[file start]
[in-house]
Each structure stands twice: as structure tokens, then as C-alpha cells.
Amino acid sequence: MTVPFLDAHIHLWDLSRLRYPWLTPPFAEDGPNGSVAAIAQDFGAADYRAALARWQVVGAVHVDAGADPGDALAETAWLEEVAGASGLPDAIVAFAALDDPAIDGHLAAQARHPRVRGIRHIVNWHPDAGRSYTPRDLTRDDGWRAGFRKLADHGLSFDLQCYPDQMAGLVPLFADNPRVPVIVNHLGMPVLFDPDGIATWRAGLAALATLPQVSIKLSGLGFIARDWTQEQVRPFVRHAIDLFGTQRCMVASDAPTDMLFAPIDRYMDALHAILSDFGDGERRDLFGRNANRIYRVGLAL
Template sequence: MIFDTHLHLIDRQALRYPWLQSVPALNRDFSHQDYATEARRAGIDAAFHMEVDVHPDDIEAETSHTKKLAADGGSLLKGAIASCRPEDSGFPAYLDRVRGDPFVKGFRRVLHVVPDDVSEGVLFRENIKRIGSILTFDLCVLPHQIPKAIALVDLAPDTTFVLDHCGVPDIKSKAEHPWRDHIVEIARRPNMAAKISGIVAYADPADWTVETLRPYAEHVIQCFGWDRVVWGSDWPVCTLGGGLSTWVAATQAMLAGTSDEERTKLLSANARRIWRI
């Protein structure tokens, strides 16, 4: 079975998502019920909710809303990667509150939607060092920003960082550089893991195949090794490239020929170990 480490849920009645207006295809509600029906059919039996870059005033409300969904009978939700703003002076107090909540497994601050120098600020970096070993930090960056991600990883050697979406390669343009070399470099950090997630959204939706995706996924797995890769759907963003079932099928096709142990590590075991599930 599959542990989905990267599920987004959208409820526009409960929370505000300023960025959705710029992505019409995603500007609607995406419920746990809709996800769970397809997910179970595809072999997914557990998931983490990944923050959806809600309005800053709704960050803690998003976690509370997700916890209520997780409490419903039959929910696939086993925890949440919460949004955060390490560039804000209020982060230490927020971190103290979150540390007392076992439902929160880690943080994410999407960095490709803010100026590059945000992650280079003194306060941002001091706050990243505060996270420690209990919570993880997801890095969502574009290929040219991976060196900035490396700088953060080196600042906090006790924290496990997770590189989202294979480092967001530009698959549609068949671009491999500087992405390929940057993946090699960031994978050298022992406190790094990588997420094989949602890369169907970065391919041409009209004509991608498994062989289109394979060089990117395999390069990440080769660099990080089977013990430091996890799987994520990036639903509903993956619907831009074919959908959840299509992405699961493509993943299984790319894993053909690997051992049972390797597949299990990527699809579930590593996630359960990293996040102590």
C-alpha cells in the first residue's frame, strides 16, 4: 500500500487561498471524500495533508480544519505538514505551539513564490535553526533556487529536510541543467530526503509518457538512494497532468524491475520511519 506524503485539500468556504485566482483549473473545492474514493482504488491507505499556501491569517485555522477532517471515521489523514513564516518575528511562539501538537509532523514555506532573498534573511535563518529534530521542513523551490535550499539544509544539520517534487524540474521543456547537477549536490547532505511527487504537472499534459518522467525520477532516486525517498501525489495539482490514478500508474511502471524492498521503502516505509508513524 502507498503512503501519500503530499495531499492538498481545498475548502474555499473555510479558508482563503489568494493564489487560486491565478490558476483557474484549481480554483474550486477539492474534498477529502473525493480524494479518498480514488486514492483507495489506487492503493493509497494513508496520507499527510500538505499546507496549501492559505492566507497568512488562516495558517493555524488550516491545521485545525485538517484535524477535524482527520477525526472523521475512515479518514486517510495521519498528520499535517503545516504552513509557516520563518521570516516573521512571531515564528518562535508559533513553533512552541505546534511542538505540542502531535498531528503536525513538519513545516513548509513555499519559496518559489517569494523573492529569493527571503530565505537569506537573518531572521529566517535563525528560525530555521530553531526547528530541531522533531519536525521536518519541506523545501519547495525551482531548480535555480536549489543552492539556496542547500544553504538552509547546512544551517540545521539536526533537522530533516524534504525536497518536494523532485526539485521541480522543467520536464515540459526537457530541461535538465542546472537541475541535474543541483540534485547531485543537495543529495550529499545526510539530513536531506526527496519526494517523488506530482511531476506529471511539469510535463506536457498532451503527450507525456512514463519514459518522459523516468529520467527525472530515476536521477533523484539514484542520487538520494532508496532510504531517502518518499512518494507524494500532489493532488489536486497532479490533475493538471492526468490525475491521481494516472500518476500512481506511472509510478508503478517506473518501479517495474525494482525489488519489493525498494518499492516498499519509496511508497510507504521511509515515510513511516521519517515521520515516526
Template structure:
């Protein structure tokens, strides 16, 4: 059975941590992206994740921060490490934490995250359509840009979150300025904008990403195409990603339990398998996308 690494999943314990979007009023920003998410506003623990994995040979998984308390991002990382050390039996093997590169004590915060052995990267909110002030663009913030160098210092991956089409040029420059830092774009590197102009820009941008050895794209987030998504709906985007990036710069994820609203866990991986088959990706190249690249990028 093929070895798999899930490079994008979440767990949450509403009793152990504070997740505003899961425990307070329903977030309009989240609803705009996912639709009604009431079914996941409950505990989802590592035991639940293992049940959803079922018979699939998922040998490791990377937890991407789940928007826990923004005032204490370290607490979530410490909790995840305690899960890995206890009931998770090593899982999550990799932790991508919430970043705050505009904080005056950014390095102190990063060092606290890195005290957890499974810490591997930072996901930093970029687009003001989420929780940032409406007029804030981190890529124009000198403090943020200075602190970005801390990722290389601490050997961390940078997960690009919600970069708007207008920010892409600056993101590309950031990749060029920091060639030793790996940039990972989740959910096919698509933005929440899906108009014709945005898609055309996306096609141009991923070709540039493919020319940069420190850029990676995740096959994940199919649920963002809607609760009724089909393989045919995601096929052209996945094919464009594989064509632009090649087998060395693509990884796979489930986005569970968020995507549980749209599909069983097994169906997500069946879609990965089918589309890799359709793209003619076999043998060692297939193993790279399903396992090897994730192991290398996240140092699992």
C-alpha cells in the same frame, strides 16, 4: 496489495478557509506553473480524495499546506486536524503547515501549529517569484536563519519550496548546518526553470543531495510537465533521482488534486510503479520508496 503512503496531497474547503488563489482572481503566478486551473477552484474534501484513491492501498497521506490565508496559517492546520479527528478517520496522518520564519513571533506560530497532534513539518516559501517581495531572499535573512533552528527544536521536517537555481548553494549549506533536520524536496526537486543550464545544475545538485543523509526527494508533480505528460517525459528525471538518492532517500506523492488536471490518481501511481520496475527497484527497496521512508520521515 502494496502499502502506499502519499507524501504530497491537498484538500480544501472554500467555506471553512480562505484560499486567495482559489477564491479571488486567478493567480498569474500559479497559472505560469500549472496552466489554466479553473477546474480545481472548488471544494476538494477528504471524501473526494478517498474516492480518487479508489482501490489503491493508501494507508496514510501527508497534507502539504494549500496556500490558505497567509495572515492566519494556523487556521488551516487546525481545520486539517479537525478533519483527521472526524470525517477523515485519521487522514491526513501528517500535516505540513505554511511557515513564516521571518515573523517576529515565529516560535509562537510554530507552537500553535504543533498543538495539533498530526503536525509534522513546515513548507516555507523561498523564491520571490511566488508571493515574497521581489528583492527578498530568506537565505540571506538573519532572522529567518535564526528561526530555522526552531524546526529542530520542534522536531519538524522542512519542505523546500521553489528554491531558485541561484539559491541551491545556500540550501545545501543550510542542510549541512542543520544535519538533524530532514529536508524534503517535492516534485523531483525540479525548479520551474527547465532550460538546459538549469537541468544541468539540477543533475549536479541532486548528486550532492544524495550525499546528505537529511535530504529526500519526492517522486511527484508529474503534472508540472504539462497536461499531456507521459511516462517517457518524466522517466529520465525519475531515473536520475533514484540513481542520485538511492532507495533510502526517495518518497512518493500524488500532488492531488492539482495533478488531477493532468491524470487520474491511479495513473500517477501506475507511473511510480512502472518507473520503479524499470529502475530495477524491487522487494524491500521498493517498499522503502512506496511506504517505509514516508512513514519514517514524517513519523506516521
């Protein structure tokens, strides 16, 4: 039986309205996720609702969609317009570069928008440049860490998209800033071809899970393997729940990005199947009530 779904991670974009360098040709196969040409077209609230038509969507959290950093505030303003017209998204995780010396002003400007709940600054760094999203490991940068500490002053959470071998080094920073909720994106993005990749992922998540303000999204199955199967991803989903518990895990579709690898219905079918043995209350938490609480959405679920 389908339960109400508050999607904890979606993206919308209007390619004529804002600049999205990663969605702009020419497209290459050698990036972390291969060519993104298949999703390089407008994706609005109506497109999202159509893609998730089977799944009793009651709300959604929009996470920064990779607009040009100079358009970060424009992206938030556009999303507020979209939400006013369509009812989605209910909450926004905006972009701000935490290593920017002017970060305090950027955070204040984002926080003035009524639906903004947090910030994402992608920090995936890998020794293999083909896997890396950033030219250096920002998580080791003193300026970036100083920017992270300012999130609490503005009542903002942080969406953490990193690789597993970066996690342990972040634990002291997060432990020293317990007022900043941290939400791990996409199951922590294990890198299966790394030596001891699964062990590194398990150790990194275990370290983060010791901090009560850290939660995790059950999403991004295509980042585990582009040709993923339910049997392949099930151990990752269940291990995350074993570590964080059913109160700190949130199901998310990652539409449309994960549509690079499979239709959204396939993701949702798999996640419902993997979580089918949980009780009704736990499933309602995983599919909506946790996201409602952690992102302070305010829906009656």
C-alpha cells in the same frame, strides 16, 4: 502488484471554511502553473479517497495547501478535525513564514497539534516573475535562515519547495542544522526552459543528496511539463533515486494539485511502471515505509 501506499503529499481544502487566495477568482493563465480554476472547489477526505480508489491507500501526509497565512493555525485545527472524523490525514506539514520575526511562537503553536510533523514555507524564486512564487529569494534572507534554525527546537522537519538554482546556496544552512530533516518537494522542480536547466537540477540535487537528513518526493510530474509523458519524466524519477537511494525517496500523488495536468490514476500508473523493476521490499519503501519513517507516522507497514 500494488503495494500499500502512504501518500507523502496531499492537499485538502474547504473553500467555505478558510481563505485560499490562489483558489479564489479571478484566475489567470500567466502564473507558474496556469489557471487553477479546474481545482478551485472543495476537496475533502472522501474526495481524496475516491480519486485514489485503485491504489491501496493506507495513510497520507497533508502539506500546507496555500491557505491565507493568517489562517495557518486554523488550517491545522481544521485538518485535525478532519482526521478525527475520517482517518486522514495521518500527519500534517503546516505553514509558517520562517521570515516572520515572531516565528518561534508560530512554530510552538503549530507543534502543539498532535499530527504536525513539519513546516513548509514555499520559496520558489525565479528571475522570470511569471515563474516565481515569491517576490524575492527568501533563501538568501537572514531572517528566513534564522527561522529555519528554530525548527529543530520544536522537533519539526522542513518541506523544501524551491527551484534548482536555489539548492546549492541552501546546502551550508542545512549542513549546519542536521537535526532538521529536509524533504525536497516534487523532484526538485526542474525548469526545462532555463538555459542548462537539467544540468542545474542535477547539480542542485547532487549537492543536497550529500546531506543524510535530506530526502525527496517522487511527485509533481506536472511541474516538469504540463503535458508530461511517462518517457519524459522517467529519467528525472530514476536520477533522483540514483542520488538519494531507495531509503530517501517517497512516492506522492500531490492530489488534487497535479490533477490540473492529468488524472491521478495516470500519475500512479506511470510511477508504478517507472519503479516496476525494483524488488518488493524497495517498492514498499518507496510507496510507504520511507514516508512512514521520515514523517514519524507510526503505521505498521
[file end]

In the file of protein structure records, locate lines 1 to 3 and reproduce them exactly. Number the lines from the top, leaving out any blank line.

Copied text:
[in-house]
Each structure stands twice: as structure tokens, then as C-alpha cells.
Amino acid sequence: MTVPFLDAHIHLWDLSRLRYPWLTPPFAEDGPNGSVAAIAQDFGAADYRAALARWQVVGAVHVDAGADPGDALAETAWLEEVAGASGLPDAIVAFAALDDPAIDGHLAAQARHPRVRGIRHIVNWHPDAGRSYTPRDLTRDDGWRAGFRKLADHGLSFDLQCYPDQMAGLVPLFADNPRVPVIVNHLGMPVLFDPDGIATWRAGLAALATLPQVSIKLSGLGFIARDWTQEQVRPFVRHAIDLFGTQRCMVASDAPTDMLFAPIDRYMDALHAILSDFGDGERRDLFGRNANRIYRVGLAL